Design of Dynamic Systems using Surrogate Models of Derivative Functions

[+] Author and Article Information
Anand Deshmukh

Graduate Student, University of Illinois at Urbana-Champaign, Urbana, IL 61801

James T. Allison

Assistant Professor, University of Illinois at Urbana-Champaign, Urbana, IL 61801

1Corresponding author.

ASME doi:10.1115/1.4037407 History: Received September 28, 2016; Revised July 16, 2017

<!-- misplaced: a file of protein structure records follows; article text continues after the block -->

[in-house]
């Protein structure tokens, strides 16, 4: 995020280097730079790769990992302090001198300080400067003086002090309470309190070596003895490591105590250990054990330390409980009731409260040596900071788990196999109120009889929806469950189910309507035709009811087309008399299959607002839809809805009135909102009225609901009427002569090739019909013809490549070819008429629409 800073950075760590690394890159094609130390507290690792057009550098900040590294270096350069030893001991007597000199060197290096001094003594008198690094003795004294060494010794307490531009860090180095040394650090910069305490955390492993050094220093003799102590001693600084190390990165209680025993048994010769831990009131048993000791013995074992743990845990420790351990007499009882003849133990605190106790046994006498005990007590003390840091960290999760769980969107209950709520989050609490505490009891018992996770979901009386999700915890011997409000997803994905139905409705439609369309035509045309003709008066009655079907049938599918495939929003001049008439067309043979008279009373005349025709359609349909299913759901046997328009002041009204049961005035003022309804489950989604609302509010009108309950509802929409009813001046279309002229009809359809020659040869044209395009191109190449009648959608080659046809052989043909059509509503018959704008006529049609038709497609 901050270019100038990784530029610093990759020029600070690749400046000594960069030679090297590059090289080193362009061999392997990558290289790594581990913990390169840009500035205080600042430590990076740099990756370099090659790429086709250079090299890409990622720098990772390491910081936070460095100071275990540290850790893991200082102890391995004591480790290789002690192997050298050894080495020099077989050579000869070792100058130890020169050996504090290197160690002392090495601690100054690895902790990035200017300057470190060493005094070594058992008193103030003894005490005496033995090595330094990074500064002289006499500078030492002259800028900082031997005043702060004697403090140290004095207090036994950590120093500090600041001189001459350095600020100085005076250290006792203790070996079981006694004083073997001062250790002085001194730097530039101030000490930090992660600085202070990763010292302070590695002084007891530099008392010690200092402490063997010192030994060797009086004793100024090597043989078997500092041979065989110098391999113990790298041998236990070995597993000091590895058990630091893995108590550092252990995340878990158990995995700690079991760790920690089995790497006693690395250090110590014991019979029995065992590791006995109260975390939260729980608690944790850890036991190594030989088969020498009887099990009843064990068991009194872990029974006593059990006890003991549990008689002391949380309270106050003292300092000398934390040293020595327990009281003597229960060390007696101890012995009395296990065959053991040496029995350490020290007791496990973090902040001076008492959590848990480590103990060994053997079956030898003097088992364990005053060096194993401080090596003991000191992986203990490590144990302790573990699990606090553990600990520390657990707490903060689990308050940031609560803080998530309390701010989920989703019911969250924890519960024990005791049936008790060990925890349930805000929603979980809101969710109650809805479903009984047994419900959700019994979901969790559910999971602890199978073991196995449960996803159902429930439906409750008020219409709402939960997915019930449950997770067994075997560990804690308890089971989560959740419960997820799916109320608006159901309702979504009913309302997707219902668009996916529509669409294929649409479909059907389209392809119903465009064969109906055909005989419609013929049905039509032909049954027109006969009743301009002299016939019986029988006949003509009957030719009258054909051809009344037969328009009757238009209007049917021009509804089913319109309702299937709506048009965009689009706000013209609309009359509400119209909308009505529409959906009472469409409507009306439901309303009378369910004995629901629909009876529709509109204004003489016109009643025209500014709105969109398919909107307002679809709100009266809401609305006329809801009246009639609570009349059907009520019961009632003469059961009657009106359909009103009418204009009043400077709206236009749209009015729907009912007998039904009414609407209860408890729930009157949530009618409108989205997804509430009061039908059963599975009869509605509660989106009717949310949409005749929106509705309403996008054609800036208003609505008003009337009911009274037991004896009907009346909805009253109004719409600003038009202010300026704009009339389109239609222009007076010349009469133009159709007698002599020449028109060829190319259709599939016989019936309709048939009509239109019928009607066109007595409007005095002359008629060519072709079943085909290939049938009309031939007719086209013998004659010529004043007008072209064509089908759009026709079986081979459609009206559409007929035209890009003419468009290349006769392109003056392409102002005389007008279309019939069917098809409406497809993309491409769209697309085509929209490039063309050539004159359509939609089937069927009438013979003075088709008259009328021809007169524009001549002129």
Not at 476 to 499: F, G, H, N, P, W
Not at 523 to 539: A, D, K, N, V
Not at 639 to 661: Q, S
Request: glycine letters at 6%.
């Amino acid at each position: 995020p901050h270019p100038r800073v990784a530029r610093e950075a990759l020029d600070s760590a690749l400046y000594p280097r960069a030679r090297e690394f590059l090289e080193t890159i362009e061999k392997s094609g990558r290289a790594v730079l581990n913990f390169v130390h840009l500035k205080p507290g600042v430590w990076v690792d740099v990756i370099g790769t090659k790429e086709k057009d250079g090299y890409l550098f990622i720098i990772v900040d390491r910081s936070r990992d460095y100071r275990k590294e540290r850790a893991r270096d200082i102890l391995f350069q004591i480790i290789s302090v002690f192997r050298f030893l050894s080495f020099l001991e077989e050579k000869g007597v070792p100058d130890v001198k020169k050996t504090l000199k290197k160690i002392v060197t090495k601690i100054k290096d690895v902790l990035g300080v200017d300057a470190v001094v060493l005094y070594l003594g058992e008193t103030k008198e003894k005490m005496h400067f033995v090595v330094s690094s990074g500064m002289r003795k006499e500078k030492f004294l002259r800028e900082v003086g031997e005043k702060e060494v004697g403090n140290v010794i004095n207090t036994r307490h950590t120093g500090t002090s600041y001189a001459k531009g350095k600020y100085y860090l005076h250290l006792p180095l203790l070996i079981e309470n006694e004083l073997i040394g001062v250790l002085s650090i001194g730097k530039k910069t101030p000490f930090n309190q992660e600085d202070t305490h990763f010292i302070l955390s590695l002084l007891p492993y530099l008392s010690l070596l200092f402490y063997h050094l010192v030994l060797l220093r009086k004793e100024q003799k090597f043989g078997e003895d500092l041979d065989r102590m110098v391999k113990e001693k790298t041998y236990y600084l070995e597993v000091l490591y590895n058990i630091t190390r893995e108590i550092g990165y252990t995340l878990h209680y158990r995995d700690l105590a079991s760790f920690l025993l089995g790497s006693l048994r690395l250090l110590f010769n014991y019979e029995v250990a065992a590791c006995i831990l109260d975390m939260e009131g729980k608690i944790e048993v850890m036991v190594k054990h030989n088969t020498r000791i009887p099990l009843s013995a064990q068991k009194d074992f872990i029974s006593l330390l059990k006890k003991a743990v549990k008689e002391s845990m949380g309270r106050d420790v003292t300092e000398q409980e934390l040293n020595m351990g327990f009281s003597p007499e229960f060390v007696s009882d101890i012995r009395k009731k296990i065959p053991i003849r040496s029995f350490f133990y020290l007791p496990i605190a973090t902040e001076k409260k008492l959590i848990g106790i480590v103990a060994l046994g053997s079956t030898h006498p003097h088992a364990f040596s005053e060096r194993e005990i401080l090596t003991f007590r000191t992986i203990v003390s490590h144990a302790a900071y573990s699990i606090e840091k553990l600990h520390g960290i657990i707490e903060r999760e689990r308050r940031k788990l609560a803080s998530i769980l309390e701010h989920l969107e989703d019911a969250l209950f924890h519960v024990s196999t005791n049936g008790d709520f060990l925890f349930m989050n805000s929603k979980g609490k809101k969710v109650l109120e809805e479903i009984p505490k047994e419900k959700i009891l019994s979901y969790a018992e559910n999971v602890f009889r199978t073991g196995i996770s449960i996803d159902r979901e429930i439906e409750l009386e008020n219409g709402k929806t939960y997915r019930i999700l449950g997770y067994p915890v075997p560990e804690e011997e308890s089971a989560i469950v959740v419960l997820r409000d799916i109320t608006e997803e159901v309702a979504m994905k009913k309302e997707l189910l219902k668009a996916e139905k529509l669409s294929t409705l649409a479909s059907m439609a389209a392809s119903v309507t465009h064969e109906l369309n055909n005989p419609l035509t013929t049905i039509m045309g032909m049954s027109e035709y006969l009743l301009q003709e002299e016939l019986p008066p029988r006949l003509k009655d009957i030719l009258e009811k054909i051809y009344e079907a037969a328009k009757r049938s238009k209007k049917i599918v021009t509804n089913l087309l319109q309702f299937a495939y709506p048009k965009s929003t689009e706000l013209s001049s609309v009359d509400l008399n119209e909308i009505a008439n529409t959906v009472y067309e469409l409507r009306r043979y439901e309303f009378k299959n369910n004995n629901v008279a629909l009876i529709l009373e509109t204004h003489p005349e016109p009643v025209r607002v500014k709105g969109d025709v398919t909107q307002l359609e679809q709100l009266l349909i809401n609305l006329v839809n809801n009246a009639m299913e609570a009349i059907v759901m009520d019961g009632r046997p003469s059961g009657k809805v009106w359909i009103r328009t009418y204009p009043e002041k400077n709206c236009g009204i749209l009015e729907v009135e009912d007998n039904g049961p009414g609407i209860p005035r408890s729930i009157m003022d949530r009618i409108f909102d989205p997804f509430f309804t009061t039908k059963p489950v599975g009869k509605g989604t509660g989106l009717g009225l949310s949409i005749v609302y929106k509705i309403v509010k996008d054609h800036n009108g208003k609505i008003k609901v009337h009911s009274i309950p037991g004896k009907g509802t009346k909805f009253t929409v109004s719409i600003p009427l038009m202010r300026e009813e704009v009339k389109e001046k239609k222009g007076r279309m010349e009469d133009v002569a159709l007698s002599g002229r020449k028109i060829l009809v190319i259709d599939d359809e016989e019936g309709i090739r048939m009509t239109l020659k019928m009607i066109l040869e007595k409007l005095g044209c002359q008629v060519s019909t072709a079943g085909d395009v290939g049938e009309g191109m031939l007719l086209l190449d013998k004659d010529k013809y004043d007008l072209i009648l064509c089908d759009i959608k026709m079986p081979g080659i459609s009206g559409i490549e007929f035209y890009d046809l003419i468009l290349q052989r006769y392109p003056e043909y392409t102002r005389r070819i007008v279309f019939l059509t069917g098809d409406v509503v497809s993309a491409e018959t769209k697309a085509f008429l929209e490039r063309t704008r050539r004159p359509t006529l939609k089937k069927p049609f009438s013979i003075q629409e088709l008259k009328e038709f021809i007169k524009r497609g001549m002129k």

Optimization of dynamic systems often requires system simulation. Several important classes of dynamic system models have computationally expensive time derivative functions, resulting in simulations that are significantly slower than real-time. This makes design optimization based on these models impractical. An efficient two-loop method, based on surrogate modeling, is presented here for solving dynamic system design problems with computationally expensive derivative functions. A surrogate model is constructed for only the derivative function instead of the simulation response. Simulation is performed based on the computationally inexpensive surrogate derivative function; this strategy preserves the nature of the dynamic system, and improves computational efficiency and accuracy compared to conventional surrogate modeling. The inner-loop optimization problem is solved for a given derivative function surrogate model, and the outer loop updates the surrogate model based on optimization results. Unique challenge of this strategy is to ensure surrogate model accuracy in two regions: near the optimal point in the design space, and near the state trajectory in the state space corresponding to the optimal design. The initial evidence of effectiveness of the proposed method is demonstrated using two simple design examples, followed by a more detailed wind turbine co-design problem that accounts for aeroelastic effects and simultaneously optimizes physical and control system design. In the last example a linear state-dependent model is used that requires computationally expensive matrix updates when either state or design variables change. Results indicate an order-of-magnitude reduction in function evaluations when compared to conventional surrogate modeling.

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